[1937.2] The Awful Truth

I will be watching all 10 nominees from 1937 before I move on to the next year. The goal here is to watch them and have an internal discussion among them to try to piece together a “history” of the year. Let’s get to it. 

Cary Grant could have had chemistry with a dead plant. Nineteen thirty-seven’s The Awful Truth showcases the man’s ability to play deadpan earnest while playing aloof goofball. The balance is impeccable and its allows all the characters involved to shine in their respective roles. This combination of traits works well for romantic comedy; it plays foil for a lover spurned and a more straight-edge love interest. The combo is pliable, too. It allows this character to jump from alpha to beta depending on the direction plot dictates. Because the traits are so pervasive, flexible, non-conformist, what does it matter that Irene Dunne wasn’t simply a fern stuck to the wall?

Because the last and most precarious variable is the combination of time and place. Grant afforded himself a niche that continues to cut across time. His accent placed him from San Francisco through Gary down to Raleigh and up to New York. The virtue of black-and-white photography is that it allows only for a limited range of saturation and hue, while brightness is relatively fixed between the binary of zero (black) to one (bright); this is what adds a layer of complementary guffaw to the opening scene, wherein Grant, as innocuous but conveniently wealthy Jerry Warriner is asked about his “suntanning.” In order to show this effect, perhaps his skin-tone did deepen – but it is almost impossible to tell. Could Grant, as Jerry, have conveyed aloofness in another manner and in another time? Probably, but it makes its more conducive to a 90 minute slice to have all the parts functioning at a high level, with a clear start and end to the thought process. The Awful Truth is the 1937 equivalent of the points in film form. Cary Grant is the catalyst that makes this movie tick.  Continue reading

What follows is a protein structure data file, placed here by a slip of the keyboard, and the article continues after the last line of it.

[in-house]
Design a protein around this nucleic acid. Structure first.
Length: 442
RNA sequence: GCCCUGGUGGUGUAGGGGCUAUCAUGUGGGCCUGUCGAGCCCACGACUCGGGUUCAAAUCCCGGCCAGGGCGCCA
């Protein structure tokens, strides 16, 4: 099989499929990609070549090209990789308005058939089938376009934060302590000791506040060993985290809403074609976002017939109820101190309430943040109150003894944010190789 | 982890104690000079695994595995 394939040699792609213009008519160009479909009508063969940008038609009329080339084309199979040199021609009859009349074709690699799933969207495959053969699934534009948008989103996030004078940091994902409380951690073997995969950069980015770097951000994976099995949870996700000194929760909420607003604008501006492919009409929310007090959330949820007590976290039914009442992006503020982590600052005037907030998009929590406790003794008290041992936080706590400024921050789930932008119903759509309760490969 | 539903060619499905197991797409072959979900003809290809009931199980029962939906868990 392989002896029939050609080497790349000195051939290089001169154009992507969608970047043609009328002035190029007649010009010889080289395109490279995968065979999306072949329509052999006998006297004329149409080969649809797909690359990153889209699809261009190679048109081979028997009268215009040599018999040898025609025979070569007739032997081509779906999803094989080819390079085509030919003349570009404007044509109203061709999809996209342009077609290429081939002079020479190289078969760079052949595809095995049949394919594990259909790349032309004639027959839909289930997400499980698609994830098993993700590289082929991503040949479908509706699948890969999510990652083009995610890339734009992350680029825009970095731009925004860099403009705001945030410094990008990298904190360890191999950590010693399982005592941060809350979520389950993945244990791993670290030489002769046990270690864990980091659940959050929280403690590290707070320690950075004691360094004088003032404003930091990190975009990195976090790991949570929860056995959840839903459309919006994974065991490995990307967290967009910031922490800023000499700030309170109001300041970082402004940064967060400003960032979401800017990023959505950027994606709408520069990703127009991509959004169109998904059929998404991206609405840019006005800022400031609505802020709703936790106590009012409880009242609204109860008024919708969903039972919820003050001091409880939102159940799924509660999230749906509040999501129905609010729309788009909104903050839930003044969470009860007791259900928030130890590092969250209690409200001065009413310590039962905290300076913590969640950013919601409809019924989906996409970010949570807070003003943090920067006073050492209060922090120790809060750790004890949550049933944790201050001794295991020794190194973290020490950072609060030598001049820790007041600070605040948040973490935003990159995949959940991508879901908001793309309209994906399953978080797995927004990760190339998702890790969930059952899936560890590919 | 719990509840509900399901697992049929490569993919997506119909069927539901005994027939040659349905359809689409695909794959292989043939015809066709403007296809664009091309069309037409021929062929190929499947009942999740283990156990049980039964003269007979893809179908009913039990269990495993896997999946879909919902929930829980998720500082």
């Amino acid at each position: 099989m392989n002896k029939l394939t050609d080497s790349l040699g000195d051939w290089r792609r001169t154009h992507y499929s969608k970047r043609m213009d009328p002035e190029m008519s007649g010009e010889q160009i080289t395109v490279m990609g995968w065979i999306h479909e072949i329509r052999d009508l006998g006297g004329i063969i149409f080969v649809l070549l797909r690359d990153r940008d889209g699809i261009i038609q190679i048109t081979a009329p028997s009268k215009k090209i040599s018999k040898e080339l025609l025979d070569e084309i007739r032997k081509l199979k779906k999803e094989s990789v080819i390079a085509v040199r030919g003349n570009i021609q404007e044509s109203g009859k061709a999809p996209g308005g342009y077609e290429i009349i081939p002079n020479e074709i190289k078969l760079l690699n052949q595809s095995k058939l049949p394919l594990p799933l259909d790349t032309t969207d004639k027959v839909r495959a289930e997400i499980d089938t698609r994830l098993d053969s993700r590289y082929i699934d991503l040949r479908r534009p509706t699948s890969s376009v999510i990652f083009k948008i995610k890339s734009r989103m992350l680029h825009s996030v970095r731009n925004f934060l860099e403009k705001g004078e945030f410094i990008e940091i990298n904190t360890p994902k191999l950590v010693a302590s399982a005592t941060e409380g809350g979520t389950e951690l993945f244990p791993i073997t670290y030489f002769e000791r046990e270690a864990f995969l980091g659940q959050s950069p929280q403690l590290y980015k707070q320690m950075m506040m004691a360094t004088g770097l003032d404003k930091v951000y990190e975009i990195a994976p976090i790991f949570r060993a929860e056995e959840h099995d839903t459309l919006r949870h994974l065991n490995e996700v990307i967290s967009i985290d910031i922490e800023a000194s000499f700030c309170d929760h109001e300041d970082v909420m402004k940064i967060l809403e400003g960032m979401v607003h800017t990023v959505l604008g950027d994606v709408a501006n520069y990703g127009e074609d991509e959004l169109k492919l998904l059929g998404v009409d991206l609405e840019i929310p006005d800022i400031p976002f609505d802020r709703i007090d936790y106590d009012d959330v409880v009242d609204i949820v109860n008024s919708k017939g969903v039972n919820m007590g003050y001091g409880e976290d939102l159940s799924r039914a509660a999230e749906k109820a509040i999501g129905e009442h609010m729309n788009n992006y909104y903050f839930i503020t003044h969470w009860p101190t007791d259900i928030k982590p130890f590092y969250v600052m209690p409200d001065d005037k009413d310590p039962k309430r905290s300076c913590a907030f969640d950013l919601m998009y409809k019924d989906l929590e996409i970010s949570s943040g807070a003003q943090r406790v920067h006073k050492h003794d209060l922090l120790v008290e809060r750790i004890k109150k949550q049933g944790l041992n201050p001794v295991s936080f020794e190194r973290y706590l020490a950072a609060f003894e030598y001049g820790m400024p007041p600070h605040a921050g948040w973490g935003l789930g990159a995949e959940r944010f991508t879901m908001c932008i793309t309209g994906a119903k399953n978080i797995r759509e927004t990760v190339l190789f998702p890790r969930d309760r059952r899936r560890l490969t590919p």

[1940] The Philadelphia Story

This powerhouse film dramatizes relationship-building to cathartic effect. Over the course of seemingly less than a week, we exhibit the full cycle of most of The Philadelphia Story‘s main characters’ synapses realigning as they come to realize their past mistakes, present unhappiness and future malaise simultaneously and work effortlessly to redefine themselves as modern people in the modernist sense: that self-consciousness is the righteous path and function, in their case, life, follows form. The Philadelphia Story huffs through almost two hours and the audience is better for it, almost, in the most modern way: that there exists a strived-for completeness, when in fact the audience must know that this is the question. In a way, whether intentional or not, through a modern lens The Philadelphia Story defines modernism through postmodern means.

Because through hyperrelapse behavior and infinite loops of information, the modern (in a contemporary sense) man and woman knows that the ultimate goal is to strive for completeness with the full intention of achieving a sliver of happiness completes his or her journey. Ever the pessimist, he or she is honest, which is the key component to the argument against The Philadelphia Story. At its core the film is art and the sped-up premise is meant as a plot device, eschewing reality for core competency; after two hours, the audience must leave with an impression – good or bad – that the film did not flounder. It is reasonable that the film is somewhat dishonest because I think that the writing and acting is compelling enough, and through seasoned performances from Cary Grant (C.K. Dexter Haven), Katherine Hepburn (Tracy Lord) and Jimmy Stewart (Mike Connor), it is slightly obvious that the production team was in on this joke. Continue reading